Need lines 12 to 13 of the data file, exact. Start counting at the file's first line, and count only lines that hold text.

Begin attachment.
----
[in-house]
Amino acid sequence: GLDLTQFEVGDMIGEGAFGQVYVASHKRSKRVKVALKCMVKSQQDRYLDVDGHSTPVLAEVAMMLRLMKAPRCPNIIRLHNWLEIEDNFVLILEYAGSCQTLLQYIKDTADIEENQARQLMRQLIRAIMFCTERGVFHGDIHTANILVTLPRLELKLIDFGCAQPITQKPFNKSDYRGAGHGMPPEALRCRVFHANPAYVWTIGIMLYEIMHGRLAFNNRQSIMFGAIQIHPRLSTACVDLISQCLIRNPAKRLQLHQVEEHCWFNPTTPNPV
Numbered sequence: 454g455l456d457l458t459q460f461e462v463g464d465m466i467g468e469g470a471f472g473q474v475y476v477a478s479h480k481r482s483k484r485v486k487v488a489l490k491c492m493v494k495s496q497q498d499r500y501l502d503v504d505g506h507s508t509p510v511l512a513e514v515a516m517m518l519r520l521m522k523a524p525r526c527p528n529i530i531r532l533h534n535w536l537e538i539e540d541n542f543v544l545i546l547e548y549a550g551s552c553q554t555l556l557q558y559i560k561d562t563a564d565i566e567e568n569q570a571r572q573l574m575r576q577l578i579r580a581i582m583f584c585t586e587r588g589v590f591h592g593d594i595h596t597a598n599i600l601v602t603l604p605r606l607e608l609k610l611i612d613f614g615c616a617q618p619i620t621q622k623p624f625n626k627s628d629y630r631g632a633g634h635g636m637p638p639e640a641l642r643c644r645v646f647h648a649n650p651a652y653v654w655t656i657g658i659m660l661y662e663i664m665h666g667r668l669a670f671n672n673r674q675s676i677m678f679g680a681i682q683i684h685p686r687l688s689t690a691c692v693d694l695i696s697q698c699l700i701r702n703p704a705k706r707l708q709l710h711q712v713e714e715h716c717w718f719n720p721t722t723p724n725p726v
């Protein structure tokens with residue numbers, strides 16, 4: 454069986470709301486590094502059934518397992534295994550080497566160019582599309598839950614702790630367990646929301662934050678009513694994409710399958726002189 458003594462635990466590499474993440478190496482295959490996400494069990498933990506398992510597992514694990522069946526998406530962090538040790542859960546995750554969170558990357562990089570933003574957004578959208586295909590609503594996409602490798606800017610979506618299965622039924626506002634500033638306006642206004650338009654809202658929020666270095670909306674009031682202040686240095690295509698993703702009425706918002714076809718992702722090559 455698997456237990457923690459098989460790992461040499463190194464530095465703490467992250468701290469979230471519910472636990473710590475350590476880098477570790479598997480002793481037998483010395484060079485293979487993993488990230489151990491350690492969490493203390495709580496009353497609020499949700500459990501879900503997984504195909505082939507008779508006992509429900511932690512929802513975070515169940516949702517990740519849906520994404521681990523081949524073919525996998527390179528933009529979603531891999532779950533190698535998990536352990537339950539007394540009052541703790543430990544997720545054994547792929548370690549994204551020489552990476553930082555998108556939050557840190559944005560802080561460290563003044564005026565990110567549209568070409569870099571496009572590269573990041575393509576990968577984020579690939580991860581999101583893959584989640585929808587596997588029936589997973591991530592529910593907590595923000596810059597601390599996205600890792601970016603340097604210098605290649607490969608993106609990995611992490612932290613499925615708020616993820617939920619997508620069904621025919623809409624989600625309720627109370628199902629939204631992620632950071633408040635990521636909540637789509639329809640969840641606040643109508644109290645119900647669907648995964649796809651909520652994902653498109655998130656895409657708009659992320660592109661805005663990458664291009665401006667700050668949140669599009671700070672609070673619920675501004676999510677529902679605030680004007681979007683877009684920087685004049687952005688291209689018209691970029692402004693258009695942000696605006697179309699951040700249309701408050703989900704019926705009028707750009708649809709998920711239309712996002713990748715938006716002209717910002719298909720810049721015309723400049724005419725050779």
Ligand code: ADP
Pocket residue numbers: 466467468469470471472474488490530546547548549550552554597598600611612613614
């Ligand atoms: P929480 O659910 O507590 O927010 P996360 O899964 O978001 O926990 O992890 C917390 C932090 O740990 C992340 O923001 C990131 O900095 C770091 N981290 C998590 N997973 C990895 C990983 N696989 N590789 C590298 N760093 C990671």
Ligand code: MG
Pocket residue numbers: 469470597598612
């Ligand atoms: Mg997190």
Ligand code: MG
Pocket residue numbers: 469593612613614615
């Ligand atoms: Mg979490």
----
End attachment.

Pocket residue numbers: 469593612613614615
């Ligand atoms: Mg979490």